Born in 1971, cultural researcher Li Fengliang is one of the youngest members among senior university management in China. He has come a long way in the education profession, from being the Vice President of Shenzhen University (SZU) to becoming SUSTech’s University Council Vice Chairperson. Because of his background in literature and cultural studies, Li has always believed in humanity-based education in all universities, even for STEM-oriented institutions. Li Fengliang believes the purpose of university service is to contribute to the diversity and dynamics of modern Chinese culture, as the Dean of SZU Institute for Cultural Industries, the Director of the National Cultural Innovation Research Center, and Vice Director of Jinan University Center for Chinese Literary and Arts Criticism.
Humble Beginnings and Humble Personality
Growing up in a village in Northern Jiangsu, Li Fengliang’s elder brother had taught him to read when he was very young. Li is very thankful for his brother’s efforts, which fostered his passion for humanities and offered him the tools to make it in the big city.
After graduating from middle school as the best student in the village, Li Fengliang was admitted into a secondary normal school and had a taste of city life for the first time. Life at a normal, or teaching school was challenging for Li Fengliang since he was required to equip himself with all the necessary knowledge and etiquette to be a teacher at the age of 15. Li worked hard, decided to become a teacher, and was officially admitted into to Jiangsu Normal University before the National College Entrance Examination.
During college, Li Fengliang focused his research on Western literature theories, especially those of Czech-born French writer Milan Kundera. In 2001, he shifted his focus to overseas Chinese literary theories and before devoting himself to cultural industries and cultural innovation studies of China in 2008. He also became the President of SZU in 2008 at the young age of 37, which attracted much attention from the media and public. Three years later, he further proved his ability by becoming a chief expert of a significant project backed by China’s National Social Science Fund called “the Mechanism and Strategies for the Integration and Innovation of Culture and Technology.”
Despite his numerous achievements, Li Fengliang retained his humility. “I’m just a teacher, and I’m glad I am able to do the job I like the most. I like being with students, and I believe they can be shaped into many different amazing forms through education. Currently, soft power is significant for a nation, and I believe education and cultural industries should focus on the need of the times and the people.”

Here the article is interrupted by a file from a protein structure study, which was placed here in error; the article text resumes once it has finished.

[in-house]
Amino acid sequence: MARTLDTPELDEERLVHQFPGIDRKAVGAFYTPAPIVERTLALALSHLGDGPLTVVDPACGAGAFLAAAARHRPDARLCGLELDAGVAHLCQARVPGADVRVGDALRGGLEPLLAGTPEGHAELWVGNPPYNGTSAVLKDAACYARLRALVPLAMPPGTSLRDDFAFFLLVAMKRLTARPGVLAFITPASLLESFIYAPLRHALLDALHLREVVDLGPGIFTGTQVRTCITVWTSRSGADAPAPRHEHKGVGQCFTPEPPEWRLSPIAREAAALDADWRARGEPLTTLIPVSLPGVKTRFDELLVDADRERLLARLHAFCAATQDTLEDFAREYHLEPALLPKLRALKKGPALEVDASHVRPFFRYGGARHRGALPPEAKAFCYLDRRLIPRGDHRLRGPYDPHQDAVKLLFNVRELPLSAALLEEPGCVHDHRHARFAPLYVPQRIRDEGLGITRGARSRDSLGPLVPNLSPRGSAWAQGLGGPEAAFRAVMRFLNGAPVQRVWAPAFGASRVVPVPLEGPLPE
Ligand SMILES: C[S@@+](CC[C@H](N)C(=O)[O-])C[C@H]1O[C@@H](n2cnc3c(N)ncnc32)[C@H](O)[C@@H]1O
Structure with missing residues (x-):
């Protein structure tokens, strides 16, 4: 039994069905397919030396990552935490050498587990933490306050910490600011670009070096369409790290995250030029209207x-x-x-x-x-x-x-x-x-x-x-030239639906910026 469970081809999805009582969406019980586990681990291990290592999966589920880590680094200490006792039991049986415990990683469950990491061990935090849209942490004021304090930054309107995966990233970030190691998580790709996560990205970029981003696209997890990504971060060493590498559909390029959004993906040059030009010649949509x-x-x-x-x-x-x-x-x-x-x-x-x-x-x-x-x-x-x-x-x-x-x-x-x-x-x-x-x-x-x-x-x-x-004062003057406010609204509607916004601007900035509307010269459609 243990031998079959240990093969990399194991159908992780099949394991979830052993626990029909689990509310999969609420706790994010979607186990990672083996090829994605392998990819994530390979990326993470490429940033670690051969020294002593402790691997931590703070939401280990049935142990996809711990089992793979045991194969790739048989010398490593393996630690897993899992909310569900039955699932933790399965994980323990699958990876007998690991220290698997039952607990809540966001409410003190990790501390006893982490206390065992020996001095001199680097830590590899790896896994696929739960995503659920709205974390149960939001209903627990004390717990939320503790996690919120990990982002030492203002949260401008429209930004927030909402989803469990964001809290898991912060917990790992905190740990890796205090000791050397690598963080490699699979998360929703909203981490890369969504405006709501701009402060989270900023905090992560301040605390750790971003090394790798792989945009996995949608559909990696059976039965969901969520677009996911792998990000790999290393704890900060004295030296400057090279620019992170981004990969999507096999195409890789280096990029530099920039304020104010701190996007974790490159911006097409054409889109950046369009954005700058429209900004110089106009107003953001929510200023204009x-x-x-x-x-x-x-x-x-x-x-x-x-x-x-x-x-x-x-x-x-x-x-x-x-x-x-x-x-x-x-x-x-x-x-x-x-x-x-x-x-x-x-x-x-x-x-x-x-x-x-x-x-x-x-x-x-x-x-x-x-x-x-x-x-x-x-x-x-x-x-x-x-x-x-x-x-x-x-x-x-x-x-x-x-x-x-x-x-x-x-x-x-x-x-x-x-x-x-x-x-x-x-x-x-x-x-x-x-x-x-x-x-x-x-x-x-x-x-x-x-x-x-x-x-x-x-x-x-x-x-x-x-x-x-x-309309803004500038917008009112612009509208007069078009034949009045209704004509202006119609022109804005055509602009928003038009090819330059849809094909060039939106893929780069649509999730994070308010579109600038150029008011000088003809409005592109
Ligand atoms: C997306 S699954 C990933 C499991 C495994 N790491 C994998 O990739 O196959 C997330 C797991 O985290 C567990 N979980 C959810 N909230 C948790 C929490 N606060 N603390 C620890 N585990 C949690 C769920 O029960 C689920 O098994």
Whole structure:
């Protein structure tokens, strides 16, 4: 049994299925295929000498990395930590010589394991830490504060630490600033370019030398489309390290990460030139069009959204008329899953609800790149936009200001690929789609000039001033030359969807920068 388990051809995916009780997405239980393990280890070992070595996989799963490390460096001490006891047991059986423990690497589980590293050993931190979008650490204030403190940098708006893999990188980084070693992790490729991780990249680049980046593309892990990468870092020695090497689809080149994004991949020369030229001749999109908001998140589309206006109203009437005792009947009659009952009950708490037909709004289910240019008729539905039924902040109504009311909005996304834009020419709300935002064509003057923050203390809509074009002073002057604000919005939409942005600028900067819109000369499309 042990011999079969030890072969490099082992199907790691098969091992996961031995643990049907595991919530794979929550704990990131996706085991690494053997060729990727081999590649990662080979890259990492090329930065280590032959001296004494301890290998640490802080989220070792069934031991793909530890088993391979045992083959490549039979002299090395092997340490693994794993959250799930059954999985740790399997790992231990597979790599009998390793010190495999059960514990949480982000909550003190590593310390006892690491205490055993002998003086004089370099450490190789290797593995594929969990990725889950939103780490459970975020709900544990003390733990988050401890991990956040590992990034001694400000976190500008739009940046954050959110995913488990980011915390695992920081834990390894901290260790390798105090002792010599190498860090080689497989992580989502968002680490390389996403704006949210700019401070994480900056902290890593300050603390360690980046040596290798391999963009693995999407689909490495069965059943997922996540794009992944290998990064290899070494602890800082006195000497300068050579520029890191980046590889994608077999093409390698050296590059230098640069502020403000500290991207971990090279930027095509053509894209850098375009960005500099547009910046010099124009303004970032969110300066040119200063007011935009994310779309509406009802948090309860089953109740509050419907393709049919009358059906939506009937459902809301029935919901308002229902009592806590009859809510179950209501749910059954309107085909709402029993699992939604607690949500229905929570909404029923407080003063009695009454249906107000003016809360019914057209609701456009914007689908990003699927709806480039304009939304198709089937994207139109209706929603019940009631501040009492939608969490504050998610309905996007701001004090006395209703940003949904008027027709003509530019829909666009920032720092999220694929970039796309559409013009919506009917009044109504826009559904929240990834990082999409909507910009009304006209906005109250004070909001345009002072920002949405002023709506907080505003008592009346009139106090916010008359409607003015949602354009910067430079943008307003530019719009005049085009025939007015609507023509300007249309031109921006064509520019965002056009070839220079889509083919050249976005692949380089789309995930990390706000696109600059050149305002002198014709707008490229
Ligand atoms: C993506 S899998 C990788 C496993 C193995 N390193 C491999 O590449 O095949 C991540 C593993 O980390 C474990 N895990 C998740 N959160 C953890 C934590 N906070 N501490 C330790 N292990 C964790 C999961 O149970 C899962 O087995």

Fostering Future Talents at SUSTech
Having worked at multiple institutions, Li Fengliang has always believed administration work at the university is about serving faculty members and students rather than “bossing people around.” He then introduced the vision, value, vital statistics, and independent recruitment scheme of SUSTech before talking about the university’s collaborations with Hong Kong professors and Hong Kong University of Science and Technology. Li also reaffirmed the importance of the faculty-student relationship, especially at STEM-oriented universities.
Thoughts on Declining Readership and Revival of Sinology
Despite a busy working schedule every day, reading has always been an integral part of Li Fengliang’s daily life. Sometimes, he would take down reading notes in the middle of the night, which in turn inspired his work as senior university management.
During the interview, Li Fengliang expressed his concern over the declining reading rate in the society, which has a lot to do with mobile phones and multimedia. He called on the public to set up a time to read as a family, on top of professional or academic reading and suggested that people read classics with inspirational messages.
However, Li is also critical towards the revival of Sinology in recent years, despite its good intentions at the root level. He thinks it is a spontaneous response to globalization and cultural imperialism, and many of its forms are too extreme, such as copying the ancient Chinese lifestyle without abandoning the feudalistic and misogynistic elements. In his opinion, the harmonious integration of Oriental and Western cultures or the incorporation of modern technologies is an excellent approach to the revival of Sinology.
Developing Cultural Industries in Shenzhen
Li Fengliang also praised Shenzhen and Hong Kong for leading the country in promotion of public reading. In Shenzhen, people buy more books on average than any other city in China. This led to UNESCO recognizing Shenzhen as the Global Model for Promotion of Reading in 2013. Li Fengliang thinks Shenzhen’s innovative spirit has a lot to do with Shenzhener’s good reading habits.
Speaking of innovation, Li Fengliang introduced Shenzhen’s success story of culture industries. In the 1990s, a brand-new concept for Shenzhen at the time was turned into reality. Theme parks such as Splendid China, Folk Village, Window of the World and China’s first Happy Valley opened one by one, attracting numerous visitors from across the country. In recent years, Shenzhen’s cultural industry has been equipped with cutting-edge technologies, which are presented at the annual Cultural Industries Fair. Apart from technology, financial support from Hong Kong and favorable national policies are also the reason why Shenzhen’s cultural industries take off. Li also offered many valuable suggestions for the future of Shenzhen’s cultural industries, such as acquiring advanced professional skills and maintaining a perfect balance between the preservation of tradition and technological innovation.
Original Article in Traditional Chinese & Photos: Chui Chuen
Conversion to Simplified Chinese & English Translation: Fan Yining
Proofreading: Chris Edwards